Disability and Life Course from a Social Investment Perspective - Austerity Measures or ‘Thicker’ EU Social Citizenship?

Tuesday, 17 July 2018: 10:45
Oral Presentation
Rune HALVORSEN, University of Leeds, United Kingdom
Bjorn HVINDEN, Oslo Metropolitan University (OSLOMET), Norway
Mi Ah SCHOYEN, Oslo and Akershus University College, Norway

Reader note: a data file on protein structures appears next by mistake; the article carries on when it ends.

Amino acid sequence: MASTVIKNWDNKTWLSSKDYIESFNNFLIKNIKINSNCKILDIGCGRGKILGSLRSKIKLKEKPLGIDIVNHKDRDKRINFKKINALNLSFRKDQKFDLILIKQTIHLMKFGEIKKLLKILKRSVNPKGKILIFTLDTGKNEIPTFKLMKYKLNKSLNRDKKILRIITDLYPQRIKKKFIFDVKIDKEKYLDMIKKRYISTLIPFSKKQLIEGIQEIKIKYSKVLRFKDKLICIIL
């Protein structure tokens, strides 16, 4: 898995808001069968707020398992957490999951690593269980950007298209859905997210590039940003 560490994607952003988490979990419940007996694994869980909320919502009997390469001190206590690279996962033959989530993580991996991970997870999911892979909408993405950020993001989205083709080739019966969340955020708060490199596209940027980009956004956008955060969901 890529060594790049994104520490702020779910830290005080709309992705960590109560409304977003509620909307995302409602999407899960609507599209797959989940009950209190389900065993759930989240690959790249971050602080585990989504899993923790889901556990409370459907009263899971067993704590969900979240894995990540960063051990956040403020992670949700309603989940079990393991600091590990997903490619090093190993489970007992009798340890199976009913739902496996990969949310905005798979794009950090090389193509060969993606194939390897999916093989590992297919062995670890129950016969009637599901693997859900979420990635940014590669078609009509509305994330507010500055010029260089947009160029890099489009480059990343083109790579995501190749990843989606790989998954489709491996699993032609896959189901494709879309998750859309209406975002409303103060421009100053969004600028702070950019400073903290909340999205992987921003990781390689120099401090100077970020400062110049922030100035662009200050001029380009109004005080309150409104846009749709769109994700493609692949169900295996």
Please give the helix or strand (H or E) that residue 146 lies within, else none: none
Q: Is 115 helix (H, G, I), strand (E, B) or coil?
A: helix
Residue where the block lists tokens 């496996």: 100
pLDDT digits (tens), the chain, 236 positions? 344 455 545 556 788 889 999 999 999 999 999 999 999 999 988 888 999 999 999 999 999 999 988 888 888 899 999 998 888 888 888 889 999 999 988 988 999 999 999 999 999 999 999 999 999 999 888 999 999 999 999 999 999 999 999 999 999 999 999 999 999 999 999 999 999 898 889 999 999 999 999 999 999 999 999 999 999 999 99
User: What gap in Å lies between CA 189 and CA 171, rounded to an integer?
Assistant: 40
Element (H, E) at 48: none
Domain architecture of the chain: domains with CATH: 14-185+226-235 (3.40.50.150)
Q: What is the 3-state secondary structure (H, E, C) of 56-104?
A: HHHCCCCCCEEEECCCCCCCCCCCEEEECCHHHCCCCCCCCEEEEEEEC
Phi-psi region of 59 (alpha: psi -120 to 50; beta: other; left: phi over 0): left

This paper assesses how adequate social investment (SI) policies are as frameworks for promoting life-long Active Citizenship (opportunities for security, autonomy and influence) among persons with disabilities. The SI perspective has become a dominant justification for how social policy is to contribute to social and economic development in Europe, exemplified by the European Commission’s 2013 SI Package. SI is mainly supply-oriented and focusing on the person’s qualifications, skills or ‘human capital’, with a view to strengthening the person’s ‘employability’. More rarely, SI policies address obstacles to employment related to health, work capacity, accessibility, discrimination or neglect. In contrast to recent SI literature from a life-course perspective (e.g. Kvist, 2013, 2014), in the European Pillar initiative the Commission explicitly addresses the situation of persons with disabilities at different stages of the life course. Yet, while the initiative to codify social rights and demand-side measures through the European Pillar is significant, we question whether it fully rectifies the limitations of SI. Combined, the EU SI policies and the European Pillar have considerable potential, but are unlikely to succeed unless they more sharply address the interaction between the person’s capacity for reflection and action (‘agency’) and factors in the surrounding environment enabling or hampering such agency. Examining changes in spending allocated to disability-related social provisions and related policy outcomes in European countries, the paper identifies similarities and differences in how the 2008 financial crisis and ensuing fiscal consolidation measures have influenced their SI profiles related to persons with disabilities. Drawing on findings from life-course interviews with persons with disabilities in three age cohorts (born around 1950, 1970 and 1990) in nine European countries (N=217), we discuss how the Capability Approach may inform future codifications of the social investment perspective by the EU and the member states.